Publication Title

New York University Journal of Law and Liberty

Document Type



Conventional wisdom seems to hold that Congress has the power to set, by statute, the number of justices on the United States Supreme Court. But what if conventional wisdom is wrong? In this Dialogue, I challenge the conventional wisdom, hypothesizing that the United States Constitution does not give Congress the power to enact such a statute. Under this hypothesis, the number of justices on the Supreme Court at any given time is to be determined solely by the President and the individual members of the United States Senate in exercising their respective powers of nominating justices and consenting to their appointment. If this hypothesis is correct, the number of justices on the Supreme Court could be increased or decreased without the House and Senate voting to amend the existing statute that purports to set the number of justices on the Supreme Court at nine. Rather, the number of justices on the Court at any time would vary depending on how many individuals, if any, the President chooses to nominate and how many of those, if any, members of the Senate opt to confirm.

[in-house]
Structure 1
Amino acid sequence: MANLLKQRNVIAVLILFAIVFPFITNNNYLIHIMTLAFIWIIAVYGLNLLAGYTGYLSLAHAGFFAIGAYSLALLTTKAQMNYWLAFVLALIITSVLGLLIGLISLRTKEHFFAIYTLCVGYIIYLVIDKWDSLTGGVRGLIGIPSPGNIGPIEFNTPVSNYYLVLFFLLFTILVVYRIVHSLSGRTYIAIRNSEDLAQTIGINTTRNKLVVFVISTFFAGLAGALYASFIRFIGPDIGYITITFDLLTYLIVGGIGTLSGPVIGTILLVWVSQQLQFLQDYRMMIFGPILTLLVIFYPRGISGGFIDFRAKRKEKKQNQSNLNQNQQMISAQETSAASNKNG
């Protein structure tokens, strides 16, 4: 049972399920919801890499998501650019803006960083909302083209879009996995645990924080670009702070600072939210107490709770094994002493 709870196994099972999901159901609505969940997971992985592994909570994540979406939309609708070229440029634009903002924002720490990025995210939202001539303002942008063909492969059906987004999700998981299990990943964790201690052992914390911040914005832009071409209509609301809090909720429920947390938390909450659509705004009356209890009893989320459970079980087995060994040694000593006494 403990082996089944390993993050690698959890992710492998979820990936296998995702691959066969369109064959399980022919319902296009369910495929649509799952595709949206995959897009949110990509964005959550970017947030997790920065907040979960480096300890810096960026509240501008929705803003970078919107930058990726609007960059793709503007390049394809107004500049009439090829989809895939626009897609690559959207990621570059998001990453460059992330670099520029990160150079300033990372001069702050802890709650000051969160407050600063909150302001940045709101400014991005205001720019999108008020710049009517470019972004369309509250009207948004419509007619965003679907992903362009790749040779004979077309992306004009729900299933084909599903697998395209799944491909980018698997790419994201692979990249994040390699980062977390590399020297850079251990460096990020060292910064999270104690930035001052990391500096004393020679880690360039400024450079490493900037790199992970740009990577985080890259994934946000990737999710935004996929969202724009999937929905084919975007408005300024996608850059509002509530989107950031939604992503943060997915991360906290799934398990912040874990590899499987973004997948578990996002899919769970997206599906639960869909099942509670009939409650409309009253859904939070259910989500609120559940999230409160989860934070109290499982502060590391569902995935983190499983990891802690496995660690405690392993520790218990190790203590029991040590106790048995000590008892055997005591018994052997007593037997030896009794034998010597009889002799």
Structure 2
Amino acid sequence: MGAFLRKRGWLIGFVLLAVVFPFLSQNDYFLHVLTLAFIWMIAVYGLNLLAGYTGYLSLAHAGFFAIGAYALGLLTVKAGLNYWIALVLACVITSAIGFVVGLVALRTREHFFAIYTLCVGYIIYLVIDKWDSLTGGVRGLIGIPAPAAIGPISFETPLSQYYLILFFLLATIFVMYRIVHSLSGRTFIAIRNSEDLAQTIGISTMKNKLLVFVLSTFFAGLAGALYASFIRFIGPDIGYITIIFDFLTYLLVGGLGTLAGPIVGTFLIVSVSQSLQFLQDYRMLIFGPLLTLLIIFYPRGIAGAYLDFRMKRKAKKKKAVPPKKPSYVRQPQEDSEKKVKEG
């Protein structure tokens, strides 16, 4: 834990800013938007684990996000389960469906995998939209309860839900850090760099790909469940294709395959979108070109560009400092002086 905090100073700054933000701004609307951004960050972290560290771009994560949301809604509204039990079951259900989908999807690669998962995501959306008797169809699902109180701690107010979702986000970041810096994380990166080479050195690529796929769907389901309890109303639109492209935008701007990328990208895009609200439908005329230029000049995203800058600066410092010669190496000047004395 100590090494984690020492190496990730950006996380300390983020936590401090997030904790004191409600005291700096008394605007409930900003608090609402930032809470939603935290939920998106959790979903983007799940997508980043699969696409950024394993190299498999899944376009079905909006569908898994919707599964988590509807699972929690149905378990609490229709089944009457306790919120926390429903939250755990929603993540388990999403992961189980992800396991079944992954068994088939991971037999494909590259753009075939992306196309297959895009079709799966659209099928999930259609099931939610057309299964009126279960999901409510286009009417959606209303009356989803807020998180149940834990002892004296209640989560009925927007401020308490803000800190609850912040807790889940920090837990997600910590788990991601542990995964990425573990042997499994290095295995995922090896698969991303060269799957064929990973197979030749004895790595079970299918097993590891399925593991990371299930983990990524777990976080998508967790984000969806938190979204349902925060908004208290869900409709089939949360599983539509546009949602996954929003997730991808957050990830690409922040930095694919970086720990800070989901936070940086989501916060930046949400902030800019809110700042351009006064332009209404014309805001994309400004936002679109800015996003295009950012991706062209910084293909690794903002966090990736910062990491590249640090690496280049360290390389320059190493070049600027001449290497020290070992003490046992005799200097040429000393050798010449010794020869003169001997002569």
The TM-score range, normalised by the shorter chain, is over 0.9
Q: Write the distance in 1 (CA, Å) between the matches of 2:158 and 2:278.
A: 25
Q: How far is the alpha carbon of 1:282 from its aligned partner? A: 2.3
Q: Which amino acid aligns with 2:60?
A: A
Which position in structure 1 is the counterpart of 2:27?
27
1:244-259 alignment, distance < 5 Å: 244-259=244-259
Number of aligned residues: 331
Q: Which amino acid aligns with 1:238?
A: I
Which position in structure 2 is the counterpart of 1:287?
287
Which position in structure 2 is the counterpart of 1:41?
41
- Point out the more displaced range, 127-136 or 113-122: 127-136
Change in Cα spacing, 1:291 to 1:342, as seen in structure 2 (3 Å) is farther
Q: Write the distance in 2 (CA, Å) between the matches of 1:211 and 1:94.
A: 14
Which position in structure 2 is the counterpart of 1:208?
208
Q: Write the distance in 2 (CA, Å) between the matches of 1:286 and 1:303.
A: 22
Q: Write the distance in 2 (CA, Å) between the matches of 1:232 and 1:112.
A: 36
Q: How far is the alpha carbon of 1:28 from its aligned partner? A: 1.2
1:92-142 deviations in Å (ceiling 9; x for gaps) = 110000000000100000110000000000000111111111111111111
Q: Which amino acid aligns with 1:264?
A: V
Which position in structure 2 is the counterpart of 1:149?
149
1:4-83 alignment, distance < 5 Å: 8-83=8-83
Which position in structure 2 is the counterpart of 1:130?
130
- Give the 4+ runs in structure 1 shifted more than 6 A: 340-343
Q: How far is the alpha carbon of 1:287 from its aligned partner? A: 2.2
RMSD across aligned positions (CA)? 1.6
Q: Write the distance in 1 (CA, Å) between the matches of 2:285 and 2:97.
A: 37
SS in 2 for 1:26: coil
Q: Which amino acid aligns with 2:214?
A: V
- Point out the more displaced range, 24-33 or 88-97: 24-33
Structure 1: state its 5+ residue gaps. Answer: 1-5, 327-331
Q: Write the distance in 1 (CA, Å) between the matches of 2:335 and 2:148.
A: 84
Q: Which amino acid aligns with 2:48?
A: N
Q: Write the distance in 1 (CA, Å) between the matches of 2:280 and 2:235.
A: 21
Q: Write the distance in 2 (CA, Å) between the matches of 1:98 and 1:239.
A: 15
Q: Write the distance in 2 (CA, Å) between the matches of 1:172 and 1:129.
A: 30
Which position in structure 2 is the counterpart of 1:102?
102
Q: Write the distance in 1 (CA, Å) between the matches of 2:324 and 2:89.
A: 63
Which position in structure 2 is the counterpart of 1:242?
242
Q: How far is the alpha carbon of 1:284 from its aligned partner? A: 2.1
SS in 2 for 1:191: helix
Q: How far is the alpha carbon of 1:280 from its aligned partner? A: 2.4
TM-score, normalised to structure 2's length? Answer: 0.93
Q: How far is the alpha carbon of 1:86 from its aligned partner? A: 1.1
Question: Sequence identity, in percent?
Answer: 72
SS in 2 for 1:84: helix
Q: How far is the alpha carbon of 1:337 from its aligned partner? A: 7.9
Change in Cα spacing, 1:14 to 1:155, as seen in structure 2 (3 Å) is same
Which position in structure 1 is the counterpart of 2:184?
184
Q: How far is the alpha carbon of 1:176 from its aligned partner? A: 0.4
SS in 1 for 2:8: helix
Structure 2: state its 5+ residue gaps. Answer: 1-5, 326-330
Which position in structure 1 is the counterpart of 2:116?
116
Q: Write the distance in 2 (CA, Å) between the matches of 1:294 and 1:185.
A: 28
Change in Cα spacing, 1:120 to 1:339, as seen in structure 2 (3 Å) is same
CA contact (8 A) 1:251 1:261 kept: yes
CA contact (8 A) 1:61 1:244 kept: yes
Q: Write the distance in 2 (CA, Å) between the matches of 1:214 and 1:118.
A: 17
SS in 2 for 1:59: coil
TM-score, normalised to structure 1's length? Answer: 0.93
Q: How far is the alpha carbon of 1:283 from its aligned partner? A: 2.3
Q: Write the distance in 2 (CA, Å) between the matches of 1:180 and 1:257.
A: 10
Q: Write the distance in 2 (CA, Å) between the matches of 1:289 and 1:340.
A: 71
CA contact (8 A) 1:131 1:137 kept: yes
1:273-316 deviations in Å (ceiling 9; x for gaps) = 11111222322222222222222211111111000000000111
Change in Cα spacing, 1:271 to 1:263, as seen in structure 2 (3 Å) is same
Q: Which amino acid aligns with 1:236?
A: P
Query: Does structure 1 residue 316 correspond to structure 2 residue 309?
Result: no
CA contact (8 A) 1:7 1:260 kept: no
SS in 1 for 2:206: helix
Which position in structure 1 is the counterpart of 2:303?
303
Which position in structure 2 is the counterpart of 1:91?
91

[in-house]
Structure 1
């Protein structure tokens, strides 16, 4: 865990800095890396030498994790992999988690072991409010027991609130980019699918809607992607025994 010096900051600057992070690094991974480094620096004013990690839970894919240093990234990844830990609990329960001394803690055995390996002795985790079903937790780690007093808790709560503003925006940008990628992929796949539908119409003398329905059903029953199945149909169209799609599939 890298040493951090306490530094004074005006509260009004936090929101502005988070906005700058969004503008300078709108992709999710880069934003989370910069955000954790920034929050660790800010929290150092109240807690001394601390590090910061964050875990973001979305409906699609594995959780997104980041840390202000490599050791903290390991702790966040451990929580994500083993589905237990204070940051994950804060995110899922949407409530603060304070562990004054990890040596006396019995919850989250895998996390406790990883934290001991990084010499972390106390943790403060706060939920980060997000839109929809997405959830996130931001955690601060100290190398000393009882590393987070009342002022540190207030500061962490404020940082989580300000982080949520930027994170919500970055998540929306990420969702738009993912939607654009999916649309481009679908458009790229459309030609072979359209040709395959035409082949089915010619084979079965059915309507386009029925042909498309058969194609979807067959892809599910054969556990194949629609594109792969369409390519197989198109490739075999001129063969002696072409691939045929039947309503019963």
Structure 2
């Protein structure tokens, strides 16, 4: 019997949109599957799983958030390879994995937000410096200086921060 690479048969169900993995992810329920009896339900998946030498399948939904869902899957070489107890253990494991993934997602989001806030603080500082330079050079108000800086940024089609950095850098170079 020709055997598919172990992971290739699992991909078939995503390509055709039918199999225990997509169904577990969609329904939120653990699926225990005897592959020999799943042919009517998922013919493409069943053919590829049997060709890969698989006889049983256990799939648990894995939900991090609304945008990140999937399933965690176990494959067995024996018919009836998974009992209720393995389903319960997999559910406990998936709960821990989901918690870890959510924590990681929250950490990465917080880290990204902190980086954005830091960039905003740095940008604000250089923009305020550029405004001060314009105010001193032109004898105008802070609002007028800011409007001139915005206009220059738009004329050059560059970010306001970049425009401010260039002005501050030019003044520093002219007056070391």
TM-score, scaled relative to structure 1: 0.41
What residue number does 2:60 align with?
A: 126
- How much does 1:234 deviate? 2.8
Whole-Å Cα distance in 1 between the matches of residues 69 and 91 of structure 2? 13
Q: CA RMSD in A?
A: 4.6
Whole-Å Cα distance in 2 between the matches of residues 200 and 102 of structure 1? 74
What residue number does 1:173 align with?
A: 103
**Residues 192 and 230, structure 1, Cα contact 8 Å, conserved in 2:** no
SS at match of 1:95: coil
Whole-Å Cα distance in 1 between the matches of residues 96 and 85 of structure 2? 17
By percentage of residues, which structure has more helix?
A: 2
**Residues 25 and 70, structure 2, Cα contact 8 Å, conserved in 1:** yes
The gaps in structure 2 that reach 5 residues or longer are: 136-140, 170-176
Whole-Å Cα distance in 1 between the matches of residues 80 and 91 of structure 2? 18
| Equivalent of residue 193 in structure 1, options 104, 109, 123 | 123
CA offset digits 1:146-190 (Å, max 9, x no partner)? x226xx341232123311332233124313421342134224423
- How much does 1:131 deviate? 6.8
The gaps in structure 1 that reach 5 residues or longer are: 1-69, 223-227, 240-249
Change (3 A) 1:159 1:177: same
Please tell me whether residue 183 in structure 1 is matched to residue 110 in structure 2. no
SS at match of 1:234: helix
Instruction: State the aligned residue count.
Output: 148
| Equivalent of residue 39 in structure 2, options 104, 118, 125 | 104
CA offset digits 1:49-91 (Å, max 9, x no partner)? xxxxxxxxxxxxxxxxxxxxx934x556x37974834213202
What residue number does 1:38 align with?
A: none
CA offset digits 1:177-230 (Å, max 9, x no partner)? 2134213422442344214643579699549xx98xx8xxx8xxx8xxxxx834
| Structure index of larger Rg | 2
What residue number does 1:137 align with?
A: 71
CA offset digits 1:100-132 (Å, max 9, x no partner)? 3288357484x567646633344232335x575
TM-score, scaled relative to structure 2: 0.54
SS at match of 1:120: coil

To view the content in your browser, please download Adobe Reader or, alternately,
you may Download the file to your hard drive.

NOTE: The latest versions of Adobe Reader do not support viewing PDF files within Firefox on Mac OS and if you are using a modern (Intel) Mac, there is no official plugin for viewing PDF files within the browser window.